7. Making Only the Minimum Payment
Having a minimum monthly payment is helpful — and you should never miss paying at least the minimum sum, even in times of financial strain. However, that doesn’t mean you should always settle for the smallest payment.
When you have financial windfalls, you should always consider paying your loans down in lump sums. This can shave large quantities of interest off of your loan and can even shorten your loan’s duration considerably.
8. Refinancing or Consolidating Unnecessarily
Consolidating and refinancing your loans could both be excellent options at times. You may have the option of refinancing to lower your interest rates and consolidating your loans can help you organize and simplify your finances.
However, if you do so unnecessarily, it can also cost you money. If, for instance, you have two separate loans that are easy to pay, and the interest rate for both loans is currently unchanged, refinancing or consolidating your loans may cost you extra money in setup fees and other costs without any viable savings in return.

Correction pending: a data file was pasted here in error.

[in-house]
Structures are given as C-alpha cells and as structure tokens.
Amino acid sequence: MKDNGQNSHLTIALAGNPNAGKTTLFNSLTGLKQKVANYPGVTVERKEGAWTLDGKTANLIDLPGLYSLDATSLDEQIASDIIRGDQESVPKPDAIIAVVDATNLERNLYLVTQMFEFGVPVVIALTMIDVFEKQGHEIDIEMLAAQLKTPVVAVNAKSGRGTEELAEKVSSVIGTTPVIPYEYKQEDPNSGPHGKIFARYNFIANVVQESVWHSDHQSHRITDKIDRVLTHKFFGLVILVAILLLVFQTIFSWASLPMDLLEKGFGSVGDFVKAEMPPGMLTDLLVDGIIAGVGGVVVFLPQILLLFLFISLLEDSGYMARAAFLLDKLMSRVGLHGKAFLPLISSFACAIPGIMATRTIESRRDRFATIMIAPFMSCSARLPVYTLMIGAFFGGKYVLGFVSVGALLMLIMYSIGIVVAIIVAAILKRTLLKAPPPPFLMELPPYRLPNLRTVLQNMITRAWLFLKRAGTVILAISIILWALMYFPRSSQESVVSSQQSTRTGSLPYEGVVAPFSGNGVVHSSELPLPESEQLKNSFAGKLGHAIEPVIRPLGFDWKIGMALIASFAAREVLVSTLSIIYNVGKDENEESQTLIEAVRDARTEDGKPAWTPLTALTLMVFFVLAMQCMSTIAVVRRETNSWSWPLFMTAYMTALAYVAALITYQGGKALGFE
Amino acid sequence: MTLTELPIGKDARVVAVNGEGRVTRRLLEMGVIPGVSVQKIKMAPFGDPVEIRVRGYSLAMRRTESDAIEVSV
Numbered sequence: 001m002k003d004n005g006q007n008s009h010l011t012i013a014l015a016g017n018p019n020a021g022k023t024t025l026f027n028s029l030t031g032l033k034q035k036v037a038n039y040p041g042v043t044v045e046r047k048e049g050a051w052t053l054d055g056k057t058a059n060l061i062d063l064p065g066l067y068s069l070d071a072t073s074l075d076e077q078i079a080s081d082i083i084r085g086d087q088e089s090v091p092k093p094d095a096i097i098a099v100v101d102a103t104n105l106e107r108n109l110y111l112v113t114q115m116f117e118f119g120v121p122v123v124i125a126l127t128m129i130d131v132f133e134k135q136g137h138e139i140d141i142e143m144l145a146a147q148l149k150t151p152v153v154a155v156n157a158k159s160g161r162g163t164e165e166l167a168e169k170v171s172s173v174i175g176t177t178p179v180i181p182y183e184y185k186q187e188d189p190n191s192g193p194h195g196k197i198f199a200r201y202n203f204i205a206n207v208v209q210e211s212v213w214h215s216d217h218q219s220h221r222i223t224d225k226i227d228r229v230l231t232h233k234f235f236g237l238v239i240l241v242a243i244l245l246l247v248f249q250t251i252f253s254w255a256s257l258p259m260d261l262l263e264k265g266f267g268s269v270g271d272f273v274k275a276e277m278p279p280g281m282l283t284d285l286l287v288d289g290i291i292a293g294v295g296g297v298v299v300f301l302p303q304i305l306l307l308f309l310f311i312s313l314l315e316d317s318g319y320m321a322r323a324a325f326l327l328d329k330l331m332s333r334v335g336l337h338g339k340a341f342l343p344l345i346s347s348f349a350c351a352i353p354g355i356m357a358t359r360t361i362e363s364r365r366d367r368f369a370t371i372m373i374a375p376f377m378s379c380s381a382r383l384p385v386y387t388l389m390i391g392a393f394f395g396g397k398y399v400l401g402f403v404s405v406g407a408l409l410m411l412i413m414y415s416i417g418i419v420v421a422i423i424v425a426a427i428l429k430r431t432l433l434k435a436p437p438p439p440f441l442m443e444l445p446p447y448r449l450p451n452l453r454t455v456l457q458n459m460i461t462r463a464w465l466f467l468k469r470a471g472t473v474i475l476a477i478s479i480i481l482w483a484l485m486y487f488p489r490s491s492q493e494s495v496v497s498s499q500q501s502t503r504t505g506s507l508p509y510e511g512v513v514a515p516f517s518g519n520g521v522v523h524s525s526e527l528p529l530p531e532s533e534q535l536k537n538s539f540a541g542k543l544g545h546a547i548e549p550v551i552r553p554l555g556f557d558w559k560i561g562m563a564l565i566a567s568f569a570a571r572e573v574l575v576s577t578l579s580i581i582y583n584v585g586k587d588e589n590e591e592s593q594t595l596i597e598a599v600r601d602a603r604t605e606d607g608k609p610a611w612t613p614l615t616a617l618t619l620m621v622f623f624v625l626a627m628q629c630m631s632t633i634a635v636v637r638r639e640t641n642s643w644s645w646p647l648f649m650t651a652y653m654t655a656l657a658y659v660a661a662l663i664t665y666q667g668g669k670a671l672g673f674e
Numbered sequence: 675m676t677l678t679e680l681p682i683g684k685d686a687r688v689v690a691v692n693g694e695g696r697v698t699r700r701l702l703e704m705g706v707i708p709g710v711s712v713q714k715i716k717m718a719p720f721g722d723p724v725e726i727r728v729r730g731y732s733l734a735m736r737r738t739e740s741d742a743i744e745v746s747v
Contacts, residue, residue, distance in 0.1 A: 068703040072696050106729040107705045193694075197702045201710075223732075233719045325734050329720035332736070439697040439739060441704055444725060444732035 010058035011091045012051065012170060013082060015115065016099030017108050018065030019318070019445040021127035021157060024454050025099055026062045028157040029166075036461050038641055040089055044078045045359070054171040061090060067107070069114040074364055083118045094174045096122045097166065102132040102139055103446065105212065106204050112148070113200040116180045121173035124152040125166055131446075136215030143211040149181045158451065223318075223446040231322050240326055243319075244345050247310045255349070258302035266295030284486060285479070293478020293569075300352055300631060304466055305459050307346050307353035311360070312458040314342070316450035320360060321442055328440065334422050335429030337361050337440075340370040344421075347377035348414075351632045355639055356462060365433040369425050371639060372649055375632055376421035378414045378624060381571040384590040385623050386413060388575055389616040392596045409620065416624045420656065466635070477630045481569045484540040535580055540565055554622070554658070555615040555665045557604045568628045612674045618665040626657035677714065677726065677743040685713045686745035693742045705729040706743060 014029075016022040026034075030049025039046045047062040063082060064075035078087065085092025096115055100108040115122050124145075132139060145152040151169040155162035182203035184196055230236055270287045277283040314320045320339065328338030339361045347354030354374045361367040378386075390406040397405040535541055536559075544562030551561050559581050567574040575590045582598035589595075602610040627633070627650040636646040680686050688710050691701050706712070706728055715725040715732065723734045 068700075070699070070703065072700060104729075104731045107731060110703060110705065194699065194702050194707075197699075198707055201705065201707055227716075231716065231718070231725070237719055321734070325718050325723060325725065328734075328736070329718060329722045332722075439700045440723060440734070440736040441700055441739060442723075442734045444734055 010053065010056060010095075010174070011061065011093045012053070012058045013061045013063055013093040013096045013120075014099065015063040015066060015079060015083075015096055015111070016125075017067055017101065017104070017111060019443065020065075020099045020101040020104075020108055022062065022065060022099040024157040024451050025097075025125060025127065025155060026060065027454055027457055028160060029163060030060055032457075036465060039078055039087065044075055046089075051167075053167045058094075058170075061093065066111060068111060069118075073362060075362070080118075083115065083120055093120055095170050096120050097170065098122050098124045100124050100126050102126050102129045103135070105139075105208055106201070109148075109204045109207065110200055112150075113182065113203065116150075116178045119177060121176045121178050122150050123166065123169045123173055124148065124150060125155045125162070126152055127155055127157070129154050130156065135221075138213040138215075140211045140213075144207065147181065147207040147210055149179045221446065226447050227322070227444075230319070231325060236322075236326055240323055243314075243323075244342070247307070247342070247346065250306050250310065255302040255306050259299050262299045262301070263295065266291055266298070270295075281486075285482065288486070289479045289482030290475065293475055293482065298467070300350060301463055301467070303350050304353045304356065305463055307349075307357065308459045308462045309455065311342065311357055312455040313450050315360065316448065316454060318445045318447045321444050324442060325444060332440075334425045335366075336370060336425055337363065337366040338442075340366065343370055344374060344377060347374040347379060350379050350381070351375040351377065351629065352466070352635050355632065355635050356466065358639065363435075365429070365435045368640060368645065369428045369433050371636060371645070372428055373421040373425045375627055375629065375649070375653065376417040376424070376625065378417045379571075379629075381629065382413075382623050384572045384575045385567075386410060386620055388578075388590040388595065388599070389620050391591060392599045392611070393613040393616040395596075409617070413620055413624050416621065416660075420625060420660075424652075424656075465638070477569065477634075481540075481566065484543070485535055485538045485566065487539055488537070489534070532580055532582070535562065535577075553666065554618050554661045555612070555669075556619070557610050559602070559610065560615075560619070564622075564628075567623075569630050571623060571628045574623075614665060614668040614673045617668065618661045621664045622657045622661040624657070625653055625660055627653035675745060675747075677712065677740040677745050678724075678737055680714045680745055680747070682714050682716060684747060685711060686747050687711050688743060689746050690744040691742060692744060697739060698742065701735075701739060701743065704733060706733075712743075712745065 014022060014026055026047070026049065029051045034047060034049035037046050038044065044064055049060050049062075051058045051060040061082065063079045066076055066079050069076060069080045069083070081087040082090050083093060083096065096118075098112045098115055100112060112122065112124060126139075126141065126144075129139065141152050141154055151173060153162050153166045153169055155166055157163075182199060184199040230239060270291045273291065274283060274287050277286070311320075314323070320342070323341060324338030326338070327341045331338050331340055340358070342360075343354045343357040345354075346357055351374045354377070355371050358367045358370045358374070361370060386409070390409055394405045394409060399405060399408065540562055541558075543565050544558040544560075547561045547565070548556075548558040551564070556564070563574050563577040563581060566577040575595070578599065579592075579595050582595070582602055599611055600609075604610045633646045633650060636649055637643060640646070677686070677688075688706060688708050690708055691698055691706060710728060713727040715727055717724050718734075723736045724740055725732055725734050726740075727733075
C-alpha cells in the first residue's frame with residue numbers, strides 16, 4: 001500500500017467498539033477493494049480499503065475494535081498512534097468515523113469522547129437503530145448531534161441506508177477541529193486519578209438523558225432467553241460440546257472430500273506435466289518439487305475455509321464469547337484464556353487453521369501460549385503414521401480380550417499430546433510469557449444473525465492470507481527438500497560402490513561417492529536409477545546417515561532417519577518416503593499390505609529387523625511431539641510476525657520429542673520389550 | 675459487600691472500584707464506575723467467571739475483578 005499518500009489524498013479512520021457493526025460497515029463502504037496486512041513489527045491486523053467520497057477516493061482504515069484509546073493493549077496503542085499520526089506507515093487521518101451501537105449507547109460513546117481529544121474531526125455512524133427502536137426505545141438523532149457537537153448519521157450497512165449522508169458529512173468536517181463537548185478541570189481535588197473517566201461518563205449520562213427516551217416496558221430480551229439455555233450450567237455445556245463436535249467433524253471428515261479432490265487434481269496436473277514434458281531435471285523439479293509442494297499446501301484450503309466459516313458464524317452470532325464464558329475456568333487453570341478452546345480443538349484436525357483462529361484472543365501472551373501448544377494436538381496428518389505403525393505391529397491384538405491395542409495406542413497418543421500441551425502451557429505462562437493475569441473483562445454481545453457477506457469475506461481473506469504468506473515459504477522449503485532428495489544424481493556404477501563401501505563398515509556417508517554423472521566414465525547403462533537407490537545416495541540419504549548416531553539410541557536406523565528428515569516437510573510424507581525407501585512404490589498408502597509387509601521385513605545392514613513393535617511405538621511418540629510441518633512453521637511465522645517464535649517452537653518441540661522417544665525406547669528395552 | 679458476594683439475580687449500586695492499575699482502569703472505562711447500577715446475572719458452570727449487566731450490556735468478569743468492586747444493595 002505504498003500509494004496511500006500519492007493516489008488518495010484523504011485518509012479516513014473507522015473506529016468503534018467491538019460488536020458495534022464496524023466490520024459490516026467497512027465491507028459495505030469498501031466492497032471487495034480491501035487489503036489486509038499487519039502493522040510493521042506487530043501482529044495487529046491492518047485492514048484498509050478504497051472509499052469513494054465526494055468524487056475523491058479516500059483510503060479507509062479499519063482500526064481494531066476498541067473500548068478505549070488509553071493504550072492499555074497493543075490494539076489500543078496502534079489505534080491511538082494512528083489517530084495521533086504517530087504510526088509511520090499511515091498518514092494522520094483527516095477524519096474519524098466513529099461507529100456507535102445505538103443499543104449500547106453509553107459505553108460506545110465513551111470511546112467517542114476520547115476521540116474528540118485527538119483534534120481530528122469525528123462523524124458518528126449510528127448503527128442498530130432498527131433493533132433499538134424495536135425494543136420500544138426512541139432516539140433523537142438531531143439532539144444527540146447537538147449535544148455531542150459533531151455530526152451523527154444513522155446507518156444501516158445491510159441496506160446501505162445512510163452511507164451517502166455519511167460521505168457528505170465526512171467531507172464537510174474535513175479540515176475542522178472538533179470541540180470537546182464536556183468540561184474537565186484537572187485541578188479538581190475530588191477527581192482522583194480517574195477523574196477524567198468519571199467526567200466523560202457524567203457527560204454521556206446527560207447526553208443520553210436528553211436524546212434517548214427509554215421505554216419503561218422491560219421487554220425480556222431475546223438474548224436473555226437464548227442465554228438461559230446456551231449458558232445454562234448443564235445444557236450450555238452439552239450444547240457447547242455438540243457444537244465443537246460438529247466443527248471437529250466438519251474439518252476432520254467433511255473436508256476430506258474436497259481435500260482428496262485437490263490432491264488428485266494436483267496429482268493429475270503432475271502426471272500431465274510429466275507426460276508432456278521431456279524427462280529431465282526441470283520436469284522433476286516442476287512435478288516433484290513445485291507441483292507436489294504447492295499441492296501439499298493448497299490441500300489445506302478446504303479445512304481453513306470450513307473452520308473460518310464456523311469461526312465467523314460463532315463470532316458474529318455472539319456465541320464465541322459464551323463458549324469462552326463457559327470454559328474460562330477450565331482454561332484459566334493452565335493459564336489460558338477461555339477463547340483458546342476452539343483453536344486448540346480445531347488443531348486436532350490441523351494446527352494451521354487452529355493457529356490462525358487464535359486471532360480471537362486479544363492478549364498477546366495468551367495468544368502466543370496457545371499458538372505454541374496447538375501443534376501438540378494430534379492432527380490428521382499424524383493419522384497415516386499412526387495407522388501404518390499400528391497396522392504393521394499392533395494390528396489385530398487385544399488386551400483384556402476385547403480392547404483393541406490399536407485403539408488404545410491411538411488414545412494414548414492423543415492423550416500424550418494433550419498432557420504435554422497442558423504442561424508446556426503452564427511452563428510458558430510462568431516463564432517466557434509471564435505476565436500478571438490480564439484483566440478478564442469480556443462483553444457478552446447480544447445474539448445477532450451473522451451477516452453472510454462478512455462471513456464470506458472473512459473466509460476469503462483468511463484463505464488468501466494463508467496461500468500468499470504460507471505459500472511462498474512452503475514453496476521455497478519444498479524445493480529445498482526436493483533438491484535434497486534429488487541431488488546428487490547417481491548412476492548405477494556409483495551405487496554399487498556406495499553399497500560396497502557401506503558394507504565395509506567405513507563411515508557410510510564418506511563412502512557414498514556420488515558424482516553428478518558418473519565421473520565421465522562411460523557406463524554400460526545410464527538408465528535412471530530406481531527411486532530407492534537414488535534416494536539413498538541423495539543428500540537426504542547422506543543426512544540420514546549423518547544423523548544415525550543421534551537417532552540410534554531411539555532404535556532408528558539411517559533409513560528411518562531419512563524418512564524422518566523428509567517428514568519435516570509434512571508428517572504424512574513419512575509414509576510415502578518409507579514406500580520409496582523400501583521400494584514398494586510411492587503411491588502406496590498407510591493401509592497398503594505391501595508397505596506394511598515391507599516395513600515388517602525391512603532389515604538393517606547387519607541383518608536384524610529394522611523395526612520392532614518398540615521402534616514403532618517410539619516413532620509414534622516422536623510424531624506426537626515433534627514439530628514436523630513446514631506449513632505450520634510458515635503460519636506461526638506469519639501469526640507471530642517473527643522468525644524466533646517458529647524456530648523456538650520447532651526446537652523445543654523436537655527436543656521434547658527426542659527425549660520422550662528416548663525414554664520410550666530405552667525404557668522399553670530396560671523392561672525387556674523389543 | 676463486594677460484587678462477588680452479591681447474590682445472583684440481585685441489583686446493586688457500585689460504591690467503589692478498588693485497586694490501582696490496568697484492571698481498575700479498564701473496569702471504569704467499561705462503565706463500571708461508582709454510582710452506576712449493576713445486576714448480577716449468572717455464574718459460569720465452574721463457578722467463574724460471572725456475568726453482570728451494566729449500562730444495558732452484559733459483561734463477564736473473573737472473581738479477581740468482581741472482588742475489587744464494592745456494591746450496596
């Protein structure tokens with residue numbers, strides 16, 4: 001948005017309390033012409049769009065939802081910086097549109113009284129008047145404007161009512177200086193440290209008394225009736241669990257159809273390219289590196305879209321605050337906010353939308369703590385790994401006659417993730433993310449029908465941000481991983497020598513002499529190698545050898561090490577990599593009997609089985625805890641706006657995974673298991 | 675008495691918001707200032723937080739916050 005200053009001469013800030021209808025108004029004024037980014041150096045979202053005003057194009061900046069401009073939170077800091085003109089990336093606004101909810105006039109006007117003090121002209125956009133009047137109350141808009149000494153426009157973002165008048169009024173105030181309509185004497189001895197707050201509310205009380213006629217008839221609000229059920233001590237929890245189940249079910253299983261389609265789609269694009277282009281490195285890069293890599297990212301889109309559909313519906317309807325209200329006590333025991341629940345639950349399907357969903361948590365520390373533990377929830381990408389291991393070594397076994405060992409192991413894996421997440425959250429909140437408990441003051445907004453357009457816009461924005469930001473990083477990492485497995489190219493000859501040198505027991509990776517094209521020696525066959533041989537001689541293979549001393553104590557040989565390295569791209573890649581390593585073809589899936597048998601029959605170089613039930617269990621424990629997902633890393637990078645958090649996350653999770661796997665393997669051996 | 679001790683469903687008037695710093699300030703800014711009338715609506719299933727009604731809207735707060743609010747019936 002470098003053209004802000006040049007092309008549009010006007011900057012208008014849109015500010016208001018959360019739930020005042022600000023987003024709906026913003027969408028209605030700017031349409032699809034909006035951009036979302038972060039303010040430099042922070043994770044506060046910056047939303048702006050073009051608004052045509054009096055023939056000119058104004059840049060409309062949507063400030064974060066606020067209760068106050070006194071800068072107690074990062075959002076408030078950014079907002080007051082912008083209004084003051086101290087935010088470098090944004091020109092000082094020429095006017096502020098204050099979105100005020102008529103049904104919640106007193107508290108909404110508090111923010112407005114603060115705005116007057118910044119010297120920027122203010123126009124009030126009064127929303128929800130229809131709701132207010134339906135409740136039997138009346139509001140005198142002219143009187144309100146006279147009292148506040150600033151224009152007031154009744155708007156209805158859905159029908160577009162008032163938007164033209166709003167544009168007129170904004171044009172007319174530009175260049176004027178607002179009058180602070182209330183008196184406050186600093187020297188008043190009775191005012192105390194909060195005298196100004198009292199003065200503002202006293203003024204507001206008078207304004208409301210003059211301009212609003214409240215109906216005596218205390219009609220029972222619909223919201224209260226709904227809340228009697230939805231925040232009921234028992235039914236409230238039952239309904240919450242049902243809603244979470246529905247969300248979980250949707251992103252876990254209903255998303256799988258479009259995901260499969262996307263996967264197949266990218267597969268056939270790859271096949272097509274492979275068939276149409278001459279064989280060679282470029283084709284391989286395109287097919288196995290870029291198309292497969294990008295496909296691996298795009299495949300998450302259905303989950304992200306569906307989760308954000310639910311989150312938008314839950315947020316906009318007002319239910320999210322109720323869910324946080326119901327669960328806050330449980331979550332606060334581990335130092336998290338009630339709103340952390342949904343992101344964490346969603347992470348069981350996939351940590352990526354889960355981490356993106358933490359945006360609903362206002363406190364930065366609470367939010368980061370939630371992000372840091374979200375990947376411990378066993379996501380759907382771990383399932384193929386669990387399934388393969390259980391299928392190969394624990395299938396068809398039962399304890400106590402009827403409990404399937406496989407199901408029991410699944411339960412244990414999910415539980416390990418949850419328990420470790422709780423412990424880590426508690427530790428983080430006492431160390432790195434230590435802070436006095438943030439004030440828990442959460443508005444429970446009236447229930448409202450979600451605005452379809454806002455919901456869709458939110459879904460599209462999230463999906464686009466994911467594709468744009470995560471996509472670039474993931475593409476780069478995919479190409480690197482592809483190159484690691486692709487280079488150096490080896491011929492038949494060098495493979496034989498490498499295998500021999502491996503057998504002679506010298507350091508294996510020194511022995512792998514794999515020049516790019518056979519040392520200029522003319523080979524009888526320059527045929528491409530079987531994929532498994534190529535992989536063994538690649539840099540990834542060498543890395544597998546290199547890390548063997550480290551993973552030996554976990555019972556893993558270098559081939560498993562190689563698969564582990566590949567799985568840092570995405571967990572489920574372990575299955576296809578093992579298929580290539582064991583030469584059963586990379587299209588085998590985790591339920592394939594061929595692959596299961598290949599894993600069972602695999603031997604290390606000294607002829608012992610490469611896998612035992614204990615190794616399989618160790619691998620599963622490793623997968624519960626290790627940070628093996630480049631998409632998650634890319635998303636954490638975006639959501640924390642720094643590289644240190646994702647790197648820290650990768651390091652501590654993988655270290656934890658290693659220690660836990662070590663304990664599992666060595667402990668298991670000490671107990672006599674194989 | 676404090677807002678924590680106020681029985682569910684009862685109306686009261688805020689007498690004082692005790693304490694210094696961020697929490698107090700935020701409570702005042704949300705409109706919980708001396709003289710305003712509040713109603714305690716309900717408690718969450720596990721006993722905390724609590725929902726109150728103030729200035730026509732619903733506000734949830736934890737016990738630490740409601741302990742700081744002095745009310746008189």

9. Missing Loan Payments
If you miss a loan payment for 90 days your loan becomes delinquent thereafter. If this happens, it will begin to affect your credit score and can give you a poor credit rating. This affects your finances by potentially preventing you from getting a credit card or a cell phone, and you may not be able to take out a home or auto loan. Poor credit could also bar you from getting approved as a renter.
If you’ve missed a payment, it’s far better to ask for a deferment than to allow your account to atrophy.
10. Defaulting on Your Loans
If you’ve missed a loan payment, that’s already bad enough. However, if you allow the situation to persist and you ultimately don’t make a payment for 270 straight days, your loan will be in default.
This is devastating to your finances, as a default loan cripples your credit score and completely hamstrings your ability to borrow money. Defaulting on your student loans is a financial catastrophe that has serious short- and long-term impacts on your finances and should be avoided at all costs.
While all of these scenarios should be avoided, it doesn’t change the fact that student loans can be very useful tools for achieving an education. However, as with all borrowed money, they must always be treated with respect and used with caution.